By Cynthia Sass, MPH, RD
I have never been a smoker, but many of my clients are current or former smokers. And those who want to kick the habit are often afraid to do so because they’re worried about gaining weight.
In fact, some purposefully took up smoking as a way to lose weight, so they’re convinced that quitting will result in packing on pounds.
A recent study published in the International Journal of Clinical Practice found that 53% of smokers gained weight during previous attempts to quit, with an average weight gain of 8 to 14 pounds within the first year.
The researchers also found that those who were highly concerned about weight were less likely to seek out treatment to help them kick the habit.
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It’s a major barrier, but you should know two things: first, you’d have to gain 100 or more pounds to offset the health benefits of quitting; and second, you can quit successfully without affecting your weight long-term. In fact, research out this year found that on average, quitters don’t experience greater weight gain than never-smokers.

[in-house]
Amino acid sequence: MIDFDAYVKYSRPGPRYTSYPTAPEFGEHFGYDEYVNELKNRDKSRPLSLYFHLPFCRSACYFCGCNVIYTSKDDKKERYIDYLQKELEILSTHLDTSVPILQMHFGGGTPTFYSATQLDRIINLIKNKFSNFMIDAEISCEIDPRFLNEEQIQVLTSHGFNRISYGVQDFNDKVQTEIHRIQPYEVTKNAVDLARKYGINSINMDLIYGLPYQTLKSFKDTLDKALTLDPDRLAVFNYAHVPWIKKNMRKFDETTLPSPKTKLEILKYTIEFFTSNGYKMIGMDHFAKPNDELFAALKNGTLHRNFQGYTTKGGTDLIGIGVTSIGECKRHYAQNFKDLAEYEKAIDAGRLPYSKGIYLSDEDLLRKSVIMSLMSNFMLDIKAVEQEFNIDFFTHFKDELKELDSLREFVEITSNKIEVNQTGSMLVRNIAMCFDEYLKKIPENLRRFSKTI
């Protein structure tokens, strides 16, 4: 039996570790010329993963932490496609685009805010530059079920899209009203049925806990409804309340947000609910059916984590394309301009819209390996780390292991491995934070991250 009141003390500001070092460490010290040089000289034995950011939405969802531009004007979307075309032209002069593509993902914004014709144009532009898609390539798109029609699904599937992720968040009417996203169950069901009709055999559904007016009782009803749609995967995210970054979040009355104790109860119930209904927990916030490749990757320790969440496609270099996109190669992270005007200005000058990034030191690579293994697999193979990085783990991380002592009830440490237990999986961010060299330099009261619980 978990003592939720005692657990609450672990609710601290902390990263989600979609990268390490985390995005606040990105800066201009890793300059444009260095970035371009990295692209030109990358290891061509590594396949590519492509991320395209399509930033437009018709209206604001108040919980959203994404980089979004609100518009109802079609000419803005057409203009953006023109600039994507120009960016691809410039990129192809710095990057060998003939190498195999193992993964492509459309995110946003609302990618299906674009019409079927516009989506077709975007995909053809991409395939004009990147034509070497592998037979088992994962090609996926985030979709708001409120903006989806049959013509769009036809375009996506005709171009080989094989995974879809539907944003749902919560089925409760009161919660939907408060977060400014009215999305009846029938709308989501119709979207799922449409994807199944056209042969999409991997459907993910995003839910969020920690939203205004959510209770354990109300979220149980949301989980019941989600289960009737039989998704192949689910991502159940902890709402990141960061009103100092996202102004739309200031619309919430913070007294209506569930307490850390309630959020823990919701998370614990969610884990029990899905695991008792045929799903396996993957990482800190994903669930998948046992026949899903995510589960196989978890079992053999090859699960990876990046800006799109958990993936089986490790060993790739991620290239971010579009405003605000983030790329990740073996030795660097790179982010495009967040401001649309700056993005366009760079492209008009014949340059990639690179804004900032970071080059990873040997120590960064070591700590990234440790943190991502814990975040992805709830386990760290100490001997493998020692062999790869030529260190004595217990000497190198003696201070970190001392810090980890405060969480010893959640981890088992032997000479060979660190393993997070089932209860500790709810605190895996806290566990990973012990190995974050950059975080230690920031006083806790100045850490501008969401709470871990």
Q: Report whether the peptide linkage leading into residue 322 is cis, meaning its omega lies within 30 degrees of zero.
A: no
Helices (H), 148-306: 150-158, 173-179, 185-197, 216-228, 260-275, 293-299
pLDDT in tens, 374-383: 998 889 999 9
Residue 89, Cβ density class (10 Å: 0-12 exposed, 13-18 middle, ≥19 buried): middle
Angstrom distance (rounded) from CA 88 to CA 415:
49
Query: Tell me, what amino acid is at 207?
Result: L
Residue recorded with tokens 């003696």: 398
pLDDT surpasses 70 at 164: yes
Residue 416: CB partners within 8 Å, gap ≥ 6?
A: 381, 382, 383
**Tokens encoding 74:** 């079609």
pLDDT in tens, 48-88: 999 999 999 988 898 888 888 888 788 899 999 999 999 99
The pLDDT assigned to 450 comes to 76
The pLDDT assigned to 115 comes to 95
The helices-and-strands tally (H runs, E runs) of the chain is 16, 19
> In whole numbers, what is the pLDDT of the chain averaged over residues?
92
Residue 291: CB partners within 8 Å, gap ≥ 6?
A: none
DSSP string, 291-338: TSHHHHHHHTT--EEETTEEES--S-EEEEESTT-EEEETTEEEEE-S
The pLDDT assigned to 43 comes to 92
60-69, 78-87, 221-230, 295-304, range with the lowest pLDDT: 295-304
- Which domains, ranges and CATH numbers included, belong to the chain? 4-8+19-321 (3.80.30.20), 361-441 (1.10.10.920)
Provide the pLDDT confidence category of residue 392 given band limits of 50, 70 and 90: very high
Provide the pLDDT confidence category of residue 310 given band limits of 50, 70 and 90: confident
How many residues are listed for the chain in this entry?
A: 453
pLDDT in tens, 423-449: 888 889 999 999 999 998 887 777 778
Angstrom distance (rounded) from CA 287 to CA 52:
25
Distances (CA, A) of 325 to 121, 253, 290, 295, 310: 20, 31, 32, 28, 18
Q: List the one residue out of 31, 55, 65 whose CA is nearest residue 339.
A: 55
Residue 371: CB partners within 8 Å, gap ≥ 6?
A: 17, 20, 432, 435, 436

Feeling encouraged? I hope so, because quitting smoking is probably the most important thing you can do for your health, and the benefits are immediate. Just 12 hours after quitting, the carbon monoxide level in your blood drops to normal, within two weeks your circulation and lung function improve, and within one year, your risk of heart disease is slashed to half of what it was when you smoked.
To reap all of these rewards and maintain your weight, quit strategically, using the following five tricks.
Go for volume without overdoing it on calories
Smoking dulls taste buds and diminishes your sense of smell. When these rebound after quitting, you’ll be tasting food in a whole new way, which can make it difficult to keep your portions petite. But, big portions don’t necessarily lead to calorie overkill—if you choose wisely. For example, three and a half cups of oil-popped organic popcorn, about the size of three and a half tennis balls, provides about 140 calories, compared to 160 in just 11 wavy potato chips or 12 tortilla chips.